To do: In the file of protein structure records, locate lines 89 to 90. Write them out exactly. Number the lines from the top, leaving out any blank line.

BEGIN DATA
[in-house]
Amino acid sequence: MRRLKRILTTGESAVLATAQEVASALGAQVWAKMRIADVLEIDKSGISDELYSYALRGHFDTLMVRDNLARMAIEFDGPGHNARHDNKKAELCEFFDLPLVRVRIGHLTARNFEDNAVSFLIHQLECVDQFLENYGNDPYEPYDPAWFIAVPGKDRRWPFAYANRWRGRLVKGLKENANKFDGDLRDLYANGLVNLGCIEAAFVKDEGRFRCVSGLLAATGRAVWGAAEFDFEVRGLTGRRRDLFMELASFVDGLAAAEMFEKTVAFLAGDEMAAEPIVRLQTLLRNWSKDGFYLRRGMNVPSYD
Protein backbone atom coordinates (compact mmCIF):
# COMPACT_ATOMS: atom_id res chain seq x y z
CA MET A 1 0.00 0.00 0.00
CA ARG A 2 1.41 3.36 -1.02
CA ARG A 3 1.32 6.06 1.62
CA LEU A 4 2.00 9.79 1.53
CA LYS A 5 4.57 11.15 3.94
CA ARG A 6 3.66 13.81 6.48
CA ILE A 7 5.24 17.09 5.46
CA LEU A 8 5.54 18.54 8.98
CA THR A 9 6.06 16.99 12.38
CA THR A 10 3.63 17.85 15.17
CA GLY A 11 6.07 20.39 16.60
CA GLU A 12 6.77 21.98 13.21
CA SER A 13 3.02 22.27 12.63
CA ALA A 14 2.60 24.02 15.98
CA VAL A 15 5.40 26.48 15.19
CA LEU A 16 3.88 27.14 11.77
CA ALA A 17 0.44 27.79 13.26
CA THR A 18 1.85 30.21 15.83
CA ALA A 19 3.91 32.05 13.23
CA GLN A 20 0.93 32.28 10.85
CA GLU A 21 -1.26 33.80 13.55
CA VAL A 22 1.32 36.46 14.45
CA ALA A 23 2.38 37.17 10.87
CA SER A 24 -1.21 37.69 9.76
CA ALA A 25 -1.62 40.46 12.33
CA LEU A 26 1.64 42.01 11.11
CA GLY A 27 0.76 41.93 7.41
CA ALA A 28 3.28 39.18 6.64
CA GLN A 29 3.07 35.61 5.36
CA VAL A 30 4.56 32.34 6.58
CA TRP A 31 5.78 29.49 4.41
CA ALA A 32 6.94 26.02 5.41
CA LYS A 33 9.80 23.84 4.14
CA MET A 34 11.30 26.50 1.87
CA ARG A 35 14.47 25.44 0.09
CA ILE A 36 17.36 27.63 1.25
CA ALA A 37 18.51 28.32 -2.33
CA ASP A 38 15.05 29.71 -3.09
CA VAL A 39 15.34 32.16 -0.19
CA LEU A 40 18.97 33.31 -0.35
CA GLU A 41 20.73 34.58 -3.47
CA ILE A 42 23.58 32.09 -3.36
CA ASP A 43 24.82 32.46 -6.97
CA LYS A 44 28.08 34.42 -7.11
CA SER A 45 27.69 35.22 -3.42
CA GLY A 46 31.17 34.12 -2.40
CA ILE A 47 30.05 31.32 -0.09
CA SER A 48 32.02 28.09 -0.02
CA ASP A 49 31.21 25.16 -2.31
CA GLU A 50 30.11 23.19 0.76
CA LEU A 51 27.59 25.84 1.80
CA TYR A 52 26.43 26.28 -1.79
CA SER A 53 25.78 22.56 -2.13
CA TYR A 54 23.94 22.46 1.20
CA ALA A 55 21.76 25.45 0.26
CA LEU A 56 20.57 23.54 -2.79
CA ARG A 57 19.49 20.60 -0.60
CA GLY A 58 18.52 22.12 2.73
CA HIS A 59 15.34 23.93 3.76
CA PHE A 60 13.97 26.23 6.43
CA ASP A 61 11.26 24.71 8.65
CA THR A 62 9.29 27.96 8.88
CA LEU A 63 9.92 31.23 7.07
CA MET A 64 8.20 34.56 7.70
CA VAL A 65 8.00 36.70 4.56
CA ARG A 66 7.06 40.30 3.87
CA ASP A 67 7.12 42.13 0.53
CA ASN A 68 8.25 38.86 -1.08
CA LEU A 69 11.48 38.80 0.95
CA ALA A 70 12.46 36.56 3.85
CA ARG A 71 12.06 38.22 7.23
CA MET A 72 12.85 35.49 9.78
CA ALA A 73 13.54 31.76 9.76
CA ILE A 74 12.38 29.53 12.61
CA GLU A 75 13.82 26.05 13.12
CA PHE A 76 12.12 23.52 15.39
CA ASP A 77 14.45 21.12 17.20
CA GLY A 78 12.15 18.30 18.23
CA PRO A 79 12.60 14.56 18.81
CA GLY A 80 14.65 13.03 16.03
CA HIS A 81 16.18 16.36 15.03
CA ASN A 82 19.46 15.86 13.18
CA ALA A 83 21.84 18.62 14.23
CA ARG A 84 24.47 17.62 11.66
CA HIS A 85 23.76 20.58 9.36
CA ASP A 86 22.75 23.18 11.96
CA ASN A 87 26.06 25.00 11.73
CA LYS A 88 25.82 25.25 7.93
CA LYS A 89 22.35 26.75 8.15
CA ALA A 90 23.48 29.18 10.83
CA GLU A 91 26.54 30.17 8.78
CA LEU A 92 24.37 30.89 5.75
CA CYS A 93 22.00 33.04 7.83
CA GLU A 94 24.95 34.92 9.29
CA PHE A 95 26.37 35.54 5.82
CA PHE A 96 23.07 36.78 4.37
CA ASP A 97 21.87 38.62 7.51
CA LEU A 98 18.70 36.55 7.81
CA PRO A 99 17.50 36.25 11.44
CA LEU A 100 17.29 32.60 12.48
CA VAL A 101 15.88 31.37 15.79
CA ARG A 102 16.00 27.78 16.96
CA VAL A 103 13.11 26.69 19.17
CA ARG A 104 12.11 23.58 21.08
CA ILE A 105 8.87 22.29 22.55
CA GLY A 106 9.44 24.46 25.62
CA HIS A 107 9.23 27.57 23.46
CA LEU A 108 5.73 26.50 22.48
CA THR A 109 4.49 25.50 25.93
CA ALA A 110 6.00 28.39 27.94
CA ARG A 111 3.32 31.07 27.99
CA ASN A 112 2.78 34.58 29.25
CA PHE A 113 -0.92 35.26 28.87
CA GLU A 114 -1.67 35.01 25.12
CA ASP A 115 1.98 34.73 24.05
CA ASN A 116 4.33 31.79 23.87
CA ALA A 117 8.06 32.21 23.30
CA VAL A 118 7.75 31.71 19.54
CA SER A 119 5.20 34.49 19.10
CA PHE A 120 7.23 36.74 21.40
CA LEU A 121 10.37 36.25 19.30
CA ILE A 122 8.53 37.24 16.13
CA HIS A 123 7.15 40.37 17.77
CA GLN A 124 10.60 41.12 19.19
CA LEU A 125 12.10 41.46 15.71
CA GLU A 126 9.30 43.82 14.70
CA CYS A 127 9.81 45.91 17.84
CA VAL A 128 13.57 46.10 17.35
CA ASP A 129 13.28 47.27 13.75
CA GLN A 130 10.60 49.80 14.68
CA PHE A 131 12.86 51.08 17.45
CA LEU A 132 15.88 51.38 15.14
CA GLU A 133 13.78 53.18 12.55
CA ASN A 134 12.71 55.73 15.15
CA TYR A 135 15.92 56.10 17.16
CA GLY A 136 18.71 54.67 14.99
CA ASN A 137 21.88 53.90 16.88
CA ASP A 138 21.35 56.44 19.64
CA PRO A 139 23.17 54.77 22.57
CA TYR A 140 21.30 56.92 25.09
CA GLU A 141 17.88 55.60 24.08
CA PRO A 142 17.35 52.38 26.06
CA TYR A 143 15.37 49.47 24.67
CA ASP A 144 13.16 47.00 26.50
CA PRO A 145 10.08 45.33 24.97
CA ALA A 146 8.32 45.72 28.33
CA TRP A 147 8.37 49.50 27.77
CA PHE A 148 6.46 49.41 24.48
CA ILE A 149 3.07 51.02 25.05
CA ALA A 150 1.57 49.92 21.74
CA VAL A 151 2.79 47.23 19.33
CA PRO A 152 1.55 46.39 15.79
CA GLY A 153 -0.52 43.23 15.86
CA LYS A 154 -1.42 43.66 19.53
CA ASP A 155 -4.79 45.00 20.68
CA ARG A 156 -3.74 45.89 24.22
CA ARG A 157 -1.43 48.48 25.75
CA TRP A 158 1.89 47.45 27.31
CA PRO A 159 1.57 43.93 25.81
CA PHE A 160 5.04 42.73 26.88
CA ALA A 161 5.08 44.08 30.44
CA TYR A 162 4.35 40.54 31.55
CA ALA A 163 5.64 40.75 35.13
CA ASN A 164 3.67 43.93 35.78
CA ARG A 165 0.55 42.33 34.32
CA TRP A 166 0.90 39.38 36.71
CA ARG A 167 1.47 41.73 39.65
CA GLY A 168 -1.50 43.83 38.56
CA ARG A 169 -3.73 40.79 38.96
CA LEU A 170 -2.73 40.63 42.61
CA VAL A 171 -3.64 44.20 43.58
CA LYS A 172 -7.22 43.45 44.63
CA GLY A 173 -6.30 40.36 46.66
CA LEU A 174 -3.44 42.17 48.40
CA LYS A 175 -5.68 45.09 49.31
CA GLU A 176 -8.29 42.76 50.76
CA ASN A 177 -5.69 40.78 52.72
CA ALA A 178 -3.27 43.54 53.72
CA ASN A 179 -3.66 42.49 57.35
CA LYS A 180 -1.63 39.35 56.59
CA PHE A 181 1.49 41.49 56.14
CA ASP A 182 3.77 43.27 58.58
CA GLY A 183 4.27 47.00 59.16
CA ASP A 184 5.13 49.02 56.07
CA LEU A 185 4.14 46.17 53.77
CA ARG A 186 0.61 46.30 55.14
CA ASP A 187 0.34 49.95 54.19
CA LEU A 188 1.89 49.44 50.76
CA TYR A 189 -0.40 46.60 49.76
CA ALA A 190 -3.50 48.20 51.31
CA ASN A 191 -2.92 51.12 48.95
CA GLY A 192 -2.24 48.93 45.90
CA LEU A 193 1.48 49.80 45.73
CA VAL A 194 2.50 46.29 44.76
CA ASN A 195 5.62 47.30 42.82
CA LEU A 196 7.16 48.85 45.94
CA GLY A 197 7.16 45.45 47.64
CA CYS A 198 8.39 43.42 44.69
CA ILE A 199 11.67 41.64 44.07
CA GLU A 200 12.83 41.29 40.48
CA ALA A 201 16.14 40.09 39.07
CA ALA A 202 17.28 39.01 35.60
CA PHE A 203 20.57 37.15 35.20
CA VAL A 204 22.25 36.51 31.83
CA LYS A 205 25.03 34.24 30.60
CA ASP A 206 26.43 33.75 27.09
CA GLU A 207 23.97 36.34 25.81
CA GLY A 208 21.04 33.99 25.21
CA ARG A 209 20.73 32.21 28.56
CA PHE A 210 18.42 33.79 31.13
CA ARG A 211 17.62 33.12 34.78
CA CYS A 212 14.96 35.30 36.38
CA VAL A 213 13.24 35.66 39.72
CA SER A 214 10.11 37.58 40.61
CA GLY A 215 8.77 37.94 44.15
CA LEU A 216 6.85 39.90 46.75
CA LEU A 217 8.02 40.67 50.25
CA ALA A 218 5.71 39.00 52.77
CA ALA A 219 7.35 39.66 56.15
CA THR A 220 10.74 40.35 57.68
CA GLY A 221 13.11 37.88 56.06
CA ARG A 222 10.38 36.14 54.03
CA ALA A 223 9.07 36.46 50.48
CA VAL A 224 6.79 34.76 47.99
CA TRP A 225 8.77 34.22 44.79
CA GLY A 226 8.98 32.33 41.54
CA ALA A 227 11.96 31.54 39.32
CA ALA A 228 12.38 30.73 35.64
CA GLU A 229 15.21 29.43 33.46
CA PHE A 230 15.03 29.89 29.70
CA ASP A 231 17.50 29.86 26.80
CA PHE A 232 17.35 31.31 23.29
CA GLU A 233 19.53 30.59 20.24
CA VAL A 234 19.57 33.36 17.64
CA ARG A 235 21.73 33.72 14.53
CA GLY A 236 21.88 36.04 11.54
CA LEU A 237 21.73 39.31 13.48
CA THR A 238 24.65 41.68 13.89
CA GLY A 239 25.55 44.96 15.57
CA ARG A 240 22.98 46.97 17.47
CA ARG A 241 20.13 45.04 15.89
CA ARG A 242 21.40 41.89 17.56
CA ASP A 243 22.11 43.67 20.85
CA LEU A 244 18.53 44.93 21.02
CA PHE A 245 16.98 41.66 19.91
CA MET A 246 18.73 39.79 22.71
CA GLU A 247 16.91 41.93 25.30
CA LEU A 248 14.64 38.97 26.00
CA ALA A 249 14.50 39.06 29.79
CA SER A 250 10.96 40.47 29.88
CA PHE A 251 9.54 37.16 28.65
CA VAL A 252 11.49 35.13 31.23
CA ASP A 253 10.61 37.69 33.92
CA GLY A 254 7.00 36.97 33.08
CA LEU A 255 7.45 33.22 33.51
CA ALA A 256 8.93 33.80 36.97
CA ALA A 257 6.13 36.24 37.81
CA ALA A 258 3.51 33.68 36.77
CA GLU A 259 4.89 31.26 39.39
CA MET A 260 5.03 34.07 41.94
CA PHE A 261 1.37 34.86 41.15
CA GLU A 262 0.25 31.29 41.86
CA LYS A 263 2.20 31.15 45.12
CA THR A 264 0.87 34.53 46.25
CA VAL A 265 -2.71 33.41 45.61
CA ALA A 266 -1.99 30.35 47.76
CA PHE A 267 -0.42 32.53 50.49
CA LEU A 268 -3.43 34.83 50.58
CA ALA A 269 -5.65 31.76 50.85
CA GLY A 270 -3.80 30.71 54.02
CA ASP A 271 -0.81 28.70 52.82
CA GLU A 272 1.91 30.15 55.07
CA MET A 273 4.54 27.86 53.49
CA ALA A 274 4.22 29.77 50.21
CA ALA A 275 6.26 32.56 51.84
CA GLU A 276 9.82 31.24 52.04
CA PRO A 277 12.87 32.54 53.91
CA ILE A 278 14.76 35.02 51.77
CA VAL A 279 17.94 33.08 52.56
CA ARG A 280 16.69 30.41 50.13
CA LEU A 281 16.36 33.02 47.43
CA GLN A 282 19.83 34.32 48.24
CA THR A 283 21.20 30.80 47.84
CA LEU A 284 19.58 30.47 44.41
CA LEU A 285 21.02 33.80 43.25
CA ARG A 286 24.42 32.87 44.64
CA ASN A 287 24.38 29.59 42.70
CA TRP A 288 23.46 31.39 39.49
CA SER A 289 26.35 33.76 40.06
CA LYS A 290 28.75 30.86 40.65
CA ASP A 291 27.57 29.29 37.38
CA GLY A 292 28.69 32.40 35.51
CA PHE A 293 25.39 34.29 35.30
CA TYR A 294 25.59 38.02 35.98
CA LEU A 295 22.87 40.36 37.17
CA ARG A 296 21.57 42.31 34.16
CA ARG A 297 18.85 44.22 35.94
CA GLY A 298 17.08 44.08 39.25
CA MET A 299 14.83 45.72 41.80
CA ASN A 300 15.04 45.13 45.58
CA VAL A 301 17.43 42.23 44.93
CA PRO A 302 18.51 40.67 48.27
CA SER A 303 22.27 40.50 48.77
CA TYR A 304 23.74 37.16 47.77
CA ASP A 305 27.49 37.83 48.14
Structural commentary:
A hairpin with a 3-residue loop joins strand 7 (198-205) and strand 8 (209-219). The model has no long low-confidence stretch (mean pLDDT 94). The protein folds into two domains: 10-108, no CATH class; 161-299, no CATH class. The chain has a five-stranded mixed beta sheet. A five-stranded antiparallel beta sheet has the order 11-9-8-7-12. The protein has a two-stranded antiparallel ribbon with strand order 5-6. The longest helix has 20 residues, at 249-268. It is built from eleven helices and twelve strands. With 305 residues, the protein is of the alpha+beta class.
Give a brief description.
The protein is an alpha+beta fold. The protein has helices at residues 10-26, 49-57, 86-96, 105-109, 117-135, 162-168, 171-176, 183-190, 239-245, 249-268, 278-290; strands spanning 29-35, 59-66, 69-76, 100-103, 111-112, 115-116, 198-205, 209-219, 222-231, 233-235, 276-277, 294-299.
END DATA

CA HIS A 85 23.76 20.58 9.36
CA ASP A 86 22.75 23.18 11.96